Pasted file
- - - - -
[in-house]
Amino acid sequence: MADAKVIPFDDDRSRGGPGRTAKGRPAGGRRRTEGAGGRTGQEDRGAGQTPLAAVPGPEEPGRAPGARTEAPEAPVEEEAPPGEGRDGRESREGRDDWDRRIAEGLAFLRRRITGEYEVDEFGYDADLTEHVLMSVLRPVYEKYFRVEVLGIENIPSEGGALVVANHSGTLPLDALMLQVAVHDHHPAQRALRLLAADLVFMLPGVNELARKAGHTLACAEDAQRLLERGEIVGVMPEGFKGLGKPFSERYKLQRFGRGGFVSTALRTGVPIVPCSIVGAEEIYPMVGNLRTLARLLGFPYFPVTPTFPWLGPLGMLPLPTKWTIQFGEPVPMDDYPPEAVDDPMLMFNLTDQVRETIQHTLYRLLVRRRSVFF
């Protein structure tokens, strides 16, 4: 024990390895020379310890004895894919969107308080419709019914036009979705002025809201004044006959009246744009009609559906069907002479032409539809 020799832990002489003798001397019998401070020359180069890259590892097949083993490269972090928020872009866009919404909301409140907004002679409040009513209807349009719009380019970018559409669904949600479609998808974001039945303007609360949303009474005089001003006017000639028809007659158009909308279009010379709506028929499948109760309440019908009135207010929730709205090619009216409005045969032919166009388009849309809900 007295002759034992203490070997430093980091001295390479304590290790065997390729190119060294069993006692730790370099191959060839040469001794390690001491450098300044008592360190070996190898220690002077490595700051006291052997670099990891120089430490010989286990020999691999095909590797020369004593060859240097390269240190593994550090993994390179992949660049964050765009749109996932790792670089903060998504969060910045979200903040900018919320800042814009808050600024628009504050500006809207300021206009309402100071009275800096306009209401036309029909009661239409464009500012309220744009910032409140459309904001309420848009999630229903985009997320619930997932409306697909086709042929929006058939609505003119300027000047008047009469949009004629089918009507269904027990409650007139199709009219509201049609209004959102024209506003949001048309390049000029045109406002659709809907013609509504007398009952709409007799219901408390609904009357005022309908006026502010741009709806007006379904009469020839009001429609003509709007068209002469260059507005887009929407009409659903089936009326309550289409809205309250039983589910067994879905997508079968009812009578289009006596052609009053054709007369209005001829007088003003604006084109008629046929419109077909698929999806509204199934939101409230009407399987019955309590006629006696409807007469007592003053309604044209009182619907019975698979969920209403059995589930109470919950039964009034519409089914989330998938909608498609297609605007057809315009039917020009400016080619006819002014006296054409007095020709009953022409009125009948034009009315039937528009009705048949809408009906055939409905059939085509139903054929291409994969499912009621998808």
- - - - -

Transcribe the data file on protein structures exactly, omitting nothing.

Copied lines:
[in-house]
Amino acid sequence: MADAKVIPFDDDRSRGGPGRTAKGRPAGGRRRTEGAGGRTGQEDRGAGQTPLAAVPGPEEPGRAPGARTEAPEAPVEEEAPPGEGRDGRESREGRDDWDRRIAEGLAFLRRRITGEYEVDEFGYDADLTEHVLMSVLRPVYEKYFRVEVLGIENIPSEGGALVVANHSGTLPLDALMLQVAVHDHHPAQRALRLLAADLVFMLPGVNELARKAGHTLACAEDAQRLLERGEIVGVMPEGFKGLGKPFSERYKLQRFGRGGFVSTALRTGVPIVPCSIVGAEEIYPMVGNLRTLARLLGFPYFPVTPTFPWLGPLGMLPLPTKWTIQFGEPVPMDDYPPEAVDDPMLMFNLTDQVRETIQHTLYRLLVRRRSVFF
């Protein structure tokens, strides 16, 4: 024990390895020379310890004895894919969107308080419709019914036009979705002025809201004044006959009246744009009609559906069907002479032409539809 020799832990002489003798001397019998401070020359180069890259590892097949083993490269972090928020872009866009919404909301409140907004002679409040009513209807349009719009380019970018559409669904949600479609998808974001039945303007609360949303009474005089001003006017000639028809007659158009909308279009010379709506028929499948109760309440019908009135207010929730709205090619009216409005045969032919166009388009849309809900 007295002759034992203490070997430093980091001295390479304590290790065997390729190119060294069993006692730790370099191959060839040469001794390690001491450098300044008592360190070996190898220690002077490595700051006291052997670099990891120089430490010989286990020999691999095909590797020369004593060859240097390269240190593994550090993994390179992949660049964050765009749109996932790792670089903060998504969060910045979200903040900018919320800042814009808050600024628009504050500006809207300021206009309402100071009275800096306009209401036309029909009661239409464009500012309220744009910032409140459309904001309420848009999630229903985009997320619930997932409306697909086709042929929006058939609505003119300027000047008047009469949009004629089918009507269904027990409650007139199709009219509201049609209004959102024209506003949001048309390049000029045109406002659709809907013609509504007398009952709409007799219901408390609904009357005022309908006026502010741009709806007006379904009469020839009001429609003509709007068209002469260059507005887009929407009409659903089936009326309550289409809205309250039983589910067994879905997508079968009812009578289009006596052609009053054709007369209005001829007088003003604006084109008629046929419109077909698929999806509204199934939101409230009407399987019955309590006629006696409807007469007592003053309604044209009182619907019975698979969920209403059995589930109470919950039964009034519409089914989330998938909608498609297609605007057809315009039917020009400016080619006819002014006296054409007095020709009953022409009125009948034009009315039937528009009705048949809408009906055939409905059939085509139903054929291409994969499912009621998808």